3 Myths That Church History Debunks (No one knows Number 2)

Three myths people believe that knowing some church history would help debunk:

1. That persecution makes the church grow stronger.

Although individuals whose faith in Christ is firm, then the Holy Spirit will see them through all persecution. This is a promise that God faithfully gives us in His Word.

But this does not mean persecution is good for a group of people. A brief perusal through different locations in history can show that. The Armenians were persecuted in the early 1900s for being Christian. One of the first genocides in modern history. This nearly collapsed them as a people group completely and had the Soviet Union not eventually intervened they'd have ceased to exist. They are still suffering in that region to this day.

The Japanese persecuted Christianity when it reached their shore in the early 1600s and completely annihilated it. In the 1800s the protestants made an attempt and had gotten some progress but persecution swept over Japan again. It is now one of the places least open to the Gospel and considered one of the toughest mission fields in the world.

Ethiopia's orthodox church destroyed a movement in the late 1300/early 1400s that attempted to bring them back to sola scriptura. Estifanos movement, though one that was centered on Christ, was crushed by the state church and now he is a completely forgotten footnote in history books. Had he been successful he would have been Martin Luther before Martin Luther, at least in Ethiopia. But today, hardly anyone even knows his name and his followers went back into the State church which worshipped Mary and the Ark of the Covenant.

I am not saying Christ has never had His church persevere over persecution or that He can't. It's just a myth that it always leads to growth. The church of Antioch was persecuted in the first few centuries and at one point it was almost completely eliminated from existence. One bishop sent to work there arrived to a church with only 8 congregants.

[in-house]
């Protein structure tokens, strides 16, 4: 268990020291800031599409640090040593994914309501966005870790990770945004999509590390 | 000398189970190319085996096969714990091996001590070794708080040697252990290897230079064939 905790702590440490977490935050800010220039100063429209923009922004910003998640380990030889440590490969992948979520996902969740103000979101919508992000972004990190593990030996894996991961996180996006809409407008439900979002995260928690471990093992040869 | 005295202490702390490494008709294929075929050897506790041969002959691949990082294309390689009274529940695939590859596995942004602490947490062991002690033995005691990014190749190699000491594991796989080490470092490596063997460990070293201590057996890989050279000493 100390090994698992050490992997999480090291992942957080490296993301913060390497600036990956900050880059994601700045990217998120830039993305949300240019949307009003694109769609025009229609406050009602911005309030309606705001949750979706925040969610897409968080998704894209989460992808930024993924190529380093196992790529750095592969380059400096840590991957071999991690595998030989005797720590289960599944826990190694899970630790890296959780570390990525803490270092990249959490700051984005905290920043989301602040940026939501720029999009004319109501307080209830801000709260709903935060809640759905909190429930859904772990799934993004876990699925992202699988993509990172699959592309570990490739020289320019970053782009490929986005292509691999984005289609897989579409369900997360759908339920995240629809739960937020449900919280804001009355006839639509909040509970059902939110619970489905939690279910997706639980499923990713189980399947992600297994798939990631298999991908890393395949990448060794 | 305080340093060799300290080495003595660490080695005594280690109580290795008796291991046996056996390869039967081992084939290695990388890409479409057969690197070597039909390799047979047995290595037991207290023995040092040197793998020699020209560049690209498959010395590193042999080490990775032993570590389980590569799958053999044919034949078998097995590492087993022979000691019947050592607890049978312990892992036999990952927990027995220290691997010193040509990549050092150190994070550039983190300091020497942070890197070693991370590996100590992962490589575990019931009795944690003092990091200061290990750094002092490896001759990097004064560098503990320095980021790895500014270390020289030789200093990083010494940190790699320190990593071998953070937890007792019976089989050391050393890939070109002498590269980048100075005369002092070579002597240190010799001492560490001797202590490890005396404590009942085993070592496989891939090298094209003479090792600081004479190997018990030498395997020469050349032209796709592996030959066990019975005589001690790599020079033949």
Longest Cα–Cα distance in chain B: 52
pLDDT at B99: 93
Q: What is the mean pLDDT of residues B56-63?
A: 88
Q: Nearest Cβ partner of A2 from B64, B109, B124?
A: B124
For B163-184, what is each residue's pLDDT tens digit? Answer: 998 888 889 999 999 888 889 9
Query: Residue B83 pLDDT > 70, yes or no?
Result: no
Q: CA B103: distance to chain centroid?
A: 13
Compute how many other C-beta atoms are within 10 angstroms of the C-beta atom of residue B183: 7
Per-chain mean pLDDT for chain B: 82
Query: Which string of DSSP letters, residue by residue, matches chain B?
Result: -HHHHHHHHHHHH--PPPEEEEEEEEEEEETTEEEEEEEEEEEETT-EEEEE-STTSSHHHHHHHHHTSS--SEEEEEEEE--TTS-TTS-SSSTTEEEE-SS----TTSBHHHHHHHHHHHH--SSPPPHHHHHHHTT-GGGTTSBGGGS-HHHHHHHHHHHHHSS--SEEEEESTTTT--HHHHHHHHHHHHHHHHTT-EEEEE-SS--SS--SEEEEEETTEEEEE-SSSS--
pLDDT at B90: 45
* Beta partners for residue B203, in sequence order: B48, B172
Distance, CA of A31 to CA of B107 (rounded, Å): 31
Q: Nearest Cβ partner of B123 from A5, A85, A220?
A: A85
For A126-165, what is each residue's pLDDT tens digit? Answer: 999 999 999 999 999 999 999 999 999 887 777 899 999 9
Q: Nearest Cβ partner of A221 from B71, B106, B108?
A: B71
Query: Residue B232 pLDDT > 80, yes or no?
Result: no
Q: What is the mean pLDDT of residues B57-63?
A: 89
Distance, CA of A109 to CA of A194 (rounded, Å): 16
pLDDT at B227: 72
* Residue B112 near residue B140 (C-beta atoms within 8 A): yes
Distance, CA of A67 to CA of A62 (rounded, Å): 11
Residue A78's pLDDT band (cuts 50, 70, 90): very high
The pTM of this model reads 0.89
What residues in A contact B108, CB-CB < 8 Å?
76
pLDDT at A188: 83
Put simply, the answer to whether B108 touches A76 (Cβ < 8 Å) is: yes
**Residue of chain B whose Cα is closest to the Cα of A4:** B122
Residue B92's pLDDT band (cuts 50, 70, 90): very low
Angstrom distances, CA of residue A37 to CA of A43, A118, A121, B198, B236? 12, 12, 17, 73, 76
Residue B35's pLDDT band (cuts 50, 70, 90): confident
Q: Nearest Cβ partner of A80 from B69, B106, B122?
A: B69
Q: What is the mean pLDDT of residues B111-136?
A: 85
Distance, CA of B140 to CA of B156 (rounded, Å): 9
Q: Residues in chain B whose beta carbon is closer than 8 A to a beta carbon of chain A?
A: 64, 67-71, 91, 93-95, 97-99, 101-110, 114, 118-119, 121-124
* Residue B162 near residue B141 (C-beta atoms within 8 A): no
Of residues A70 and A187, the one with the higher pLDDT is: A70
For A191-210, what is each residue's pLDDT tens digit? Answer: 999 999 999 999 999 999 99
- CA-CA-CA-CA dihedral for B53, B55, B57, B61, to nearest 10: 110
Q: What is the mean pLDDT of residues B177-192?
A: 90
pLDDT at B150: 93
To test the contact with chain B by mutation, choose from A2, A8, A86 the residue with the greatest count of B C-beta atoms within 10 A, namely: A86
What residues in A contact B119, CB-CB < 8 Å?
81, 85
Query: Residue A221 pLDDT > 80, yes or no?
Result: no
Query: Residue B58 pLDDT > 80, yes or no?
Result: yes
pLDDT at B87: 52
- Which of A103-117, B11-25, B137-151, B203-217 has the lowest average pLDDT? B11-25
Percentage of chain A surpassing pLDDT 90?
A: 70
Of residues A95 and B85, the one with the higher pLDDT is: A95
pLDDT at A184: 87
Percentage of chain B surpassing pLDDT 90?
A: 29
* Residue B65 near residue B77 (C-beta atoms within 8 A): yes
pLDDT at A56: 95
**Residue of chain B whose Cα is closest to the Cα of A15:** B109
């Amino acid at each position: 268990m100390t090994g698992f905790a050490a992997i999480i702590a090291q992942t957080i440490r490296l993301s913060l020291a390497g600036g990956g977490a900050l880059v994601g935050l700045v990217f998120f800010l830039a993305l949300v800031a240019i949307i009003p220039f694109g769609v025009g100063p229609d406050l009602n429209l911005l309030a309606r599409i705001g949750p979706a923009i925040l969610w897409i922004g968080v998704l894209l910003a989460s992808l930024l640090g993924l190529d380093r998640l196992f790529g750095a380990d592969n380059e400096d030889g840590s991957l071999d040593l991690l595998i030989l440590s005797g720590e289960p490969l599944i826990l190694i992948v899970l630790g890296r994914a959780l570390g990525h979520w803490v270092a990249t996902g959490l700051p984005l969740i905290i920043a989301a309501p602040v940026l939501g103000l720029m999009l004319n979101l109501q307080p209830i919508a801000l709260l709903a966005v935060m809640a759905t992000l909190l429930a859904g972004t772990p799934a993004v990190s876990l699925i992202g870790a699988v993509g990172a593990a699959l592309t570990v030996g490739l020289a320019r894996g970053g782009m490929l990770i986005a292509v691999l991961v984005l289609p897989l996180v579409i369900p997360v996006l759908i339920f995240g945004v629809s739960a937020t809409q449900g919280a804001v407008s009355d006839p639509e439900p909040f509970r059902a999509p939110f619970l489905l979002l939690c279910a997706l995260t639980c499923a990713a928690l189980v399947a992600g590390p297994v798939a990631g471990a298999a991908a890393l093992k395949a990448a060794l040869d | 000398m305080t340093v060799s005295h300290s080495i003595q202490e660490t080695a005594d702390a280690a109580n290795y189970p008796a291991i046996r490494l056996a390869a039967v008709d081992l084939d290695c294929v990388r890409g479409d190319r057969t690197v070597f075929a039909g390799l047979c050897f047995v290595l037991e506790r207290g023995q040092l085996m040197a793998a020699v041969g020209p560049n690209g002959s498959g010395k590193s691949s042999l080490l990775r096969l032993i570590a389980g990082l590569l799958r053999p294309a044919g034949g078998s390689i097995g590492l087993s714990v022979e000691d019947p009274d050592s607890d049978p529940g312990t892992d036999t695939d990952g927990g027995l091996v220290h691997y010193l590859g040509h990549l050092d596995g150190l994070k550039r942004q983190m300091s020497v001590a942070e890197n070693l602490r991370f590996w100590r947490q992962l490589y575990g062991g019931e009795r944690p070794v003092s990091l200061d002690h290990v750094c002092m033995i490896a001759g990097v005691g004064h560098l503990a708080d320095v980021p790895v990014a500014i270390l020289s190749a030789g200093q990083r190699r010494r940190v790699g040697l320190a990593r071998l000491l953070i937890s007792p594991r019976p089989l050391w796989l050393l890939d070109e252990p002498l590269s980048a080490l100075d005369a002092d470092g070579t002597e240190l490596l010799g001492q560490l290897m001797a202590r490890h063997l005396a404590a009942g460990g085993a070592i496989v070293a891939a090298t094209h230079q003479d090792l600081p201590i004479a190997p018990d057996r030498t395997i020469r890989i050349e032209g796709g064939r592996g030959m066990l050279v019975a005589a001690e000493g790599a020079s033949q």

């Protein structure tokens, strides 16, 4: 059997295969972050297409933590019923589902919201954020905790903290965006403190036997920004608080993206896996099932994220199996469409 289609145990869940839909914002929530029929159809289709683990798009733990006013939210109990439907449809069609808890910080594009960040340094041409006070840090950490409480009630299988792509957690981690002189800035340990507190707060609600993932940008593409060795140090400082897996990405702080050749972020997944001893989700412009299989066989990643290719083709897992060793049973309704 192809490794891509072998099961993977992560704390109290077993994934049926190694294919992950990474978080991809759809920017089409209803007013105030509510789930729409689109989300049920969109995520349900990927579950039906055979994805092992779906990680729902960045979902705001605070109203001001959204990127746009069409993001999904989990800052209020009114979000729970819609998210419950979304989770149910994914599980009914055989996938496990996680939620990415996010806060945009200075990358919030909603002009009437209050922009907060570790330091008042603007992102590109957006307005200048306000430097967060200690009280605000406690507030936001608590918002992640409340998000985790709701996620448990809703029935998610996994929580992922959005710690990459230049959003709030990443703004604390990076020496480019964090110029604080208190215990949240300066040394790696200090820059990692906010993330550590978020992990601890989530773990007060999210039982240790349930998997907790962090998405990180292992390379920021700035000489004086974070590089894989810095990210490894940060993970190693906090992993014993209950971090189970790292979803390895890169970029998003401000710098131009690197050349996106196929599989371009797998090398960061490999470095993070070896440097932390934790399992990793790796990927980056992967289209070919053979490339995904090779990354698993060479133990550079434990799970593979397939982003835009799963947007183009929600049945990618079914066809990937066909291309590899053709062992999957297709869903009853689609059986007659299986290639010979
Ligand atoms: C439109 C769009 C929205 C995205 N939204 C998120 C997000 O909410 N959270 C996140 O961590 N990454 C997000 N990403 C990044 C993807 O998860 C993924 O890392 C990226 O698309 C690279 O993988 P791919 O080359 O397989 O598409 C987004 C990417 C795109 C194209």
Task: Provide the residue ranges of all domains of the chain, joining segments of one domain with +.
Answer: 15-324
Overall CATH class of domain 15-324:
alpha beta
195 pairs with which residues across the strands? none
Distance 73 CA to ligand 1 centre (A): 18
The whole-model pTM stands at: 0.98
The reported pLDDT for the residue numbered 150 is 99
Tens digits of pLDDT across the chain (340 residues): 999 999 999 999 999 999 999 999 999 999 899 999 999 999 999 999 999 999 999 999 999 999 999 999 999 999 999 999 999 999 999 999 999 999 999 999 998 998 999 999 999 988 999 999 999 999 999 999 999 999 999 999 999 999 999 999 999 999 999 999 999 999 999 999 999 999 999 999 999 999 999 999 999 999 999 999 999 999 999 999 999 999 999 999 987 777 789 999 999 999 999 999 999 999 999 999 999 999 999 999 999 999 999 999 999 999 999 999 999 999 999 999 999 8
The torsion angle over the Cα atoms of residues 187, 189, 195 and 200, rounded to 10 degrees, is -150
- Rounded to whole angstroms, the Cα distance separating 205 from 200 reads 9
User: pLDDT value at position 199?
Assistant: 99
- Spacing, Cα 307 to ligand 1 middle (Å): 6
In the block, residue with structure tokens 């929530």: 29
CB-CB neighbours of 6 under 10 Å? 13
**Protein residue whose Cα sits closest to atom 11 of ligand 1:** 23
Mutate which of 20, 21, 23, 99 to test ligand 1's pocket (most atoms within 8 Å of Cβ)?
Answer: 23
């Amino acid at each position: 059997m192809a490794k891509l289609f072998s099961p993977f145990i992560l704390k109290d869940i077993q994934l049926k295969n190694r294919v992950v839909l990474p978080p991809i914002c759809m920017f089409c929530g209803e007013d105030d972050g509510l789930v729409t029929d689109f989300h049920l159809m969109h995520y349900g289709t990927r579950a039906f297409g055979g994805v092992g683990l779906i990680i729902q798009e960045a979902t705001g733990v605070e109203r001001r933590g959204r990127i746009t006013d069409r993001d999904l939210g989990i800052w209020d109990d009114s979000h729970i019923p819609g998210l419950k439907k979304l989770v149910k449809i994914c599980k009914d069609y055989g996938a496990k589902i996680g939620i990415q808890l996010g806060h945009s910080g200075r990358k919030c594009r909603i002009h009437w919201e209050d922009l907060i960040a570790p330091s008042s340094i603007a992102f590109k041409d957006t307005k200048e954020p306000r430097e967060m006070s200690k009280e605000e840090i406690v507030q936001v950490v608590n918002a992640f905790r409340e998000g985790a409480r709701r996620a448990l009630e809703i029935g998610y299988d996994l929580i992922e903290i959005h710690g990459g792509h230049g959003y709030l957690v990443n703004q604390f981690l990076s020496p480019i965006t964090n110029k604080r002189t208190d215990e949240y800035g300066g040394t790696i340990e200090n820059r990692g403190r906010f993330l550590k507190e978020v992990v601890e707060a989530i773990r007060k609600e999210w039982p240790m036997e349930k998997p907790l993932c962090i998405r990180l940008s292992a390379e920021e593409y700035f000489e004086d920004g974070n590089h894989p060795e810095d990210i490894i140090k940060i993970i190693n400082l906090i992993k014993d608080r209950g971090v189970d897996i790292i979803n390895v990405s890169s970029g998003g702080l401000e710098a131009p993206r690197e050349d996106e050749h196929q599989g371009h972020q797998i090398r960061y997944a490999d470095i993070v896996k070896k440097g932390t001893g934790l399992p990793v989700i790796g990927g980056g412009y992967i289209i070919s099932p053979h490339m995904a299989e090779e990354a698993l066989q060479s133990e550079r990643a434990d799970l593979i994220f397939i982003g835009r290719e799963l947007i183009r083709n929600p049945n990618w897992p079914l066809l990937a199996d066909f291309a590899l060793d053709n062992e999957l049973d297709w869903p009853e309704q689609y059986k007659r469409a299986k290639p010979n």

So do not fall for this myth. Even in places where persecution was thought to lead to church growth, such as China, they struggle greatly with good teaching and cults sweeping in and taking their newer members. 

We did an entire episode of our podcast Revived Thoughts on this myth for more details check it out! 

2. Count Zinzendorf and the Moravians were good guys.
"Preach the gospel, die and be forgotten." - Count Zinzendorf 

Living for Him Who Died for Us (Count Nicolaus Zinzendorf) -  VanceChristie.com

Count Zinzendorf led a missions movement in the 1700s and many see him as a great and wonderful leader of early missions. His quotes are used often in commentaries and in sermons all the time. 

Count Zinzendorf likely cheated on his wife. His son went on to lead a cult-like compound that celebrated homosexuality (that Zinzendorf had to write a letter to telling them to calm down as it was getting way out of hand, and involved his son marrying another man while pretending to be the "bride of Christ"). And his entire movement became obsessed with the "Side-hole" of Christ. They would write hymns/poems/songs about this imagined place and would say they wanted to be "worms" living there.

John Wesley, originally a fan of theirs who actually became converted by one of them, eventually would write stuff making fun of them and how crazy they had become. 

And after he and his son and his second wife died the leaders basically purged everything from his last few decades of life and call that time period "The Sifting" hoping you'd forget all about it. 

Elise did intense research about this subject and you can find it by listening to her Martyrs and Missionaries podcast episode on it here: https://revivedthoughts.com/podcast/martyrs-and-missionaries/episode/count-zinzendorf-and-the-moravians 

3. The Church Was United Before 1517
Over and over I have seen Catholics and Protestants put out the idea that the church was "united" before Martin Luther.

This is completely false. Before Martin Luther there were the Hussites, Waldensians, and Lollards. Before them the Roman Catholic church split from the Orthodox church during The Great Schism of 1054. Before that though the church had already split up during the Council of Chalcedon when the Ethiopian and Syrian churches broke it off with the other parts of the church. They resolved the schism and realized everybody was still worshipping the Triune God in 519 but the pieces never went back together after that. 

Quite frankly, the church has not been properly united going all the way back to 1 Corinthians.

So no, Martin Luther was not the one who divided the church and everyone was just getting along great till he showed up. 

Any other myths that church history could debunk? Send your thoughts to Revivedthoughts@gmail.com